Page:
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Publication numberUS7382155 B2
Publication typeGrant
Application numberUS 10/916,214
Publication dateJun 3, 2008
Filing dateAug 10, 2004
Priority dateFeb 28, 1997
Fee statusPaid
Also published asDE69813974D1, DE69813974T2, DE69838462D1, DE69838462T2, EP0901716A1, EP0901716B1, EP1229651A2, EP1229651A3, EP1229652A2, EP1229652A3, EP1237280A2, EP1237280A3, EP1237280B1, EP1237281A2, EP1237281A3, US6150837, US6791353, US7755386, US7977970, US8258811, US20050081177, US20080197878, US20100244894, US20110234258, WO1998038741A1
Publication number10916214, 916214, US 7382155 B2, US 7382155B2, US-B2-7382155, US7382155 B2, US7382155B2
InventorsSamuel W. Beal, Sinan Kaptonoglu, Jung-Cheun Lien, William Shu, King W. Chan, William C. Plants
Original AssigneeActel Corporation
Export CitationBiBTeX, EndNote, RefMan
External Links: USPTO, USPTO Assignment, Espacenet
Enhanced field programmable gate array
US 7382155 B2
Abstract
An enhanced performance field programmable gate array integrated circuit comprises a field programmable gate array and other functional circuitry such as a mask-programmable gate array in the same integrated circuit. A circuit interface provides communication between the field programmable gate array, the mask-programmable gate array and the integrated circuit I/O.
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Claims(20)
1. An integrated circuit device comprising:
at least one field programmable gate array region and at least one mask-programmable gate array region;
an I/O system including I/O pads and associated driver circuits and an I/O interface including mask programmable elements; and
a user-programmable interconnect architecture for selectively making connections between said at least one field programmable gate array region, said at least one mask-programmable gate array region and said I/O system.
2. The integrated circuit device of claim 1 wherein the field programmable gate array region includes an array of universal programmable logic elements.
3. The integrated circuit system of claim 1 wherein the programmable elements in the I/O interface include direct interconnects.
4. The integrated circuit system of claim 1 wherein the programmable elements in the I/O interface include logic modules that control communication to and from the integrated circuit.
5. The integrated circuit system of claim 1 wherein the programmable elements in the I/O interface are field programmable elements.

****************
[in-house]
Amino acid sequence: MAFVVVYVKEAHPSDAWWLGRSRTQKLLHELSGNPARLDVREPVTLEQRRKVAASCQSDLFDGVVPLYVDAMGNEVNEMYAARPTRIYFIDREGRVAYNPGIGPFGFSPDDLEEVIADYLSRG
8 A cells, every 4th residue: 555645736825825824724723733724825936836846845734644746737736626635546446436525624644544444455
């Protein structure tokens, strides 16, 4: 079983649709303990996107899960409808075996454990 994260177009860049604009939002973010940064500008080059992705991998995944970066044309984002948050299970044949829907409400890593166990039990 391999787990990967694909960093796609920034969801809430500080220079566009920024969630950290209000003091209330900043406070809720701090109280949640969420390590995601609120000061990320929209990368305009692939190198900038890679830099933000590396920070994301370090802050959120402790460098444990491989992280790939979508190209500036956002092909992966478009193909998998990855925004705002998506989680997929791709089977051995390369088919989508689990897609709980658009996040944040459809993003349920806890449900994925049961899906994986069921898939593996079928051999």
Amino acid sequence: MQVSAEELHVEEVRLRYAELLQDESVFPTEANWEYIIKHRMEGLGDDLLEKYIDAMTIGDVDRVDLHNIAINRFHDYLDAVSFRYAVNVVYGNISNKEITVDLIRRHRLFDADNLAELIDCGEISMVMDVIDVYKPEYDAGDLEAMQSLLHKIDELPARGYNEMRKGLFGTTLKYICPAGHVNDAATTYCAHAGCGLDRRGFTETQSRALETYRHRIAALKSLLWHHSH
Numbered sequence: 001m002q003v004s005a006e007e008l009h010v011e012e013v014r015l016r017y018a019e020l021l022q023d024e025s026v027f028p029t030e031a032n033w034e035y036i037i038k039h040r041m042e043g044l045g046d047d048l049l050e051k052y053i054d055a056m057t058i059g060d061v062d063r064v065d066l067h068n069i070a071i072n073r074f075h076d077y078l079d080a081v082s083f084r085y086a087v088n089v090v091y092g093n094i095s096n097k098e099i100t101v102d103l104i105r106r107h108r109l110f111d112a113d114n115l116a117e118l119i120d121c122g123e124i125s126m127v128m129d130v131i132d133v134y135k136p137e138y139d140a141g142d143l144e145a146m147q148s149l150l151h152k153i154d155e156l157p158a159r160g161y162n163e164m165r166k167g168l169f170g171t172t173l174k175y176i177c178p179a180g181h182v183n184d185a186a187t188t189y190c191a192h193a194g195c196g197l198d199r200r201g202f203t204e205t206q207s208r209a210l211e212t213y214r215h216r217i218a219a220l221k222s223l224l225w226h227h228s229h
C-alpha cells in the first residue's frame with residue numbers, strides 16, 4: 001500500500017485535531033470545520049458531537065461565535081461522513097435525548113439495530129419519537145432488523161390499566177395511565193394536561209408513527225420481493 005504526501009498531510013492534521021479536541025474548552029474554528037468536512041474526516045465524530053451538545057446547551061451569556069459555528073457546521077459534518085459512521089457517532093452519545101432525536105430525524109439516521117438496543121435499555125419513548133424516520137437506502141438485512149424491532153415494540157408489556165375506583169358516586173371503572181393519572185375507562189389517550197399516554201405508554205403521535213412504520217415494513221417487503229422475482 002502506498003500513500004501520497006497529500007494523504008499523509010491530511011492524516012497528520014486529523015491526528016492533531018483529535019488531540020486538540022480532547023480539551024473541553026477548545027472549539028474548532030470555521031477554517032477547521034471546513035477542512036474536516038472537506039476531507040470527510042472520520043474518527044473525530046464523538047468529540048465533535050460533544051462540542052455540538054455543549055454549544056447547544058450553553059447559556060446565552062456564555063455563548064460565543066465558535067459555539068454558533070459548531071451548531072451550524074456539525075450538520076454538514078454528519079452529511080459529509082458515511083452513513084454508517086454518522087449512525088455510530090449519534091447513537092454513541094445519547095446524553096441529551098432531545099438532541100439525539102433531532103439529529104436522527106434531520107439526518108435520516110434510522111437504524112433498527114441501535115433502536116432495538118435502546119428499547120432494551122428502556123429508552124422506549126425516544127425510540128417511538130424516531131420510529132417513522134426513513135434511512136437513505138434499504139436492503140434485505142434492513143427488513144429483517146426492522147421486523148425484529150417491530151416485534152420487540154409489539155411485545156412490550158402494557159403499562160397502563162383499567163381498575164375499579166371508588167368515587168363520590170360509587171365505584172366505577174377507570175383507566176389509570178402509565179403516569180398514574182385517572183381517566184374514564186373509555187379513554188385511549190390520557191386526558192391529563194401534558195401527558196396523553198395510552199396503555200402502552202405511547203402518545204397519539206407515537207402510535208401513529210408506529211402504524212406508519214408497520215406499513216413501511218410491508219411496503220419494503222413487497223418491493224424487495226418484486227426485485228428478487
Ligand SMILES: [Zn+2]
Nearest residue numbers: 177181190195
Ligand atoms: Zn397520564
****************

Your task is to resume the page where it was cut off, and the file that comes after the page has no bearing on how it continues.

6. The integrated circuit system of claim 1 further including a circuit interface between the field programmable gate array region and the mask programmable gate array region.
7. The integrated circuit system of claim 6 wherein tri-state buffers are programmable into the circuit interface between the field programmable gate array region and the mask programmable gate array region.
8. The integrated circuit system of claim 7 wherein high-voltage pass gates are programmable into the circuit interface between the field programmable gate array region and the mask programmable gate array region.
9. The integrated circuit system of claim 1 wherein the mask programmable gate array region is configurable as a decryption circuit.
10. The integrated circuit system of claim 1 wherein the mask programmable gate array region are programmable with a built-in test sequence for the field programmable gate array region.
11. The integrated circuit system of claim 1 wherein the mask programmable gate array region is configurable as a standardized interface between the field programmable gate array region and off-chip.
12. The integrated circuit system of claim 11 wherein the mask programmable gate array region is configurable as a bus interface.
13. The integrated circuit system of claim 12 wherein the mask programmable gate array region is configurable as a PCI bus.
14. The integrated circuit system of claim 12 wherein the mask programmable gate array region is configurable as a VME bus.
15. The integrated circuit system of claim 12 wherein the mask programmable gate array region is configurable as a USB bus.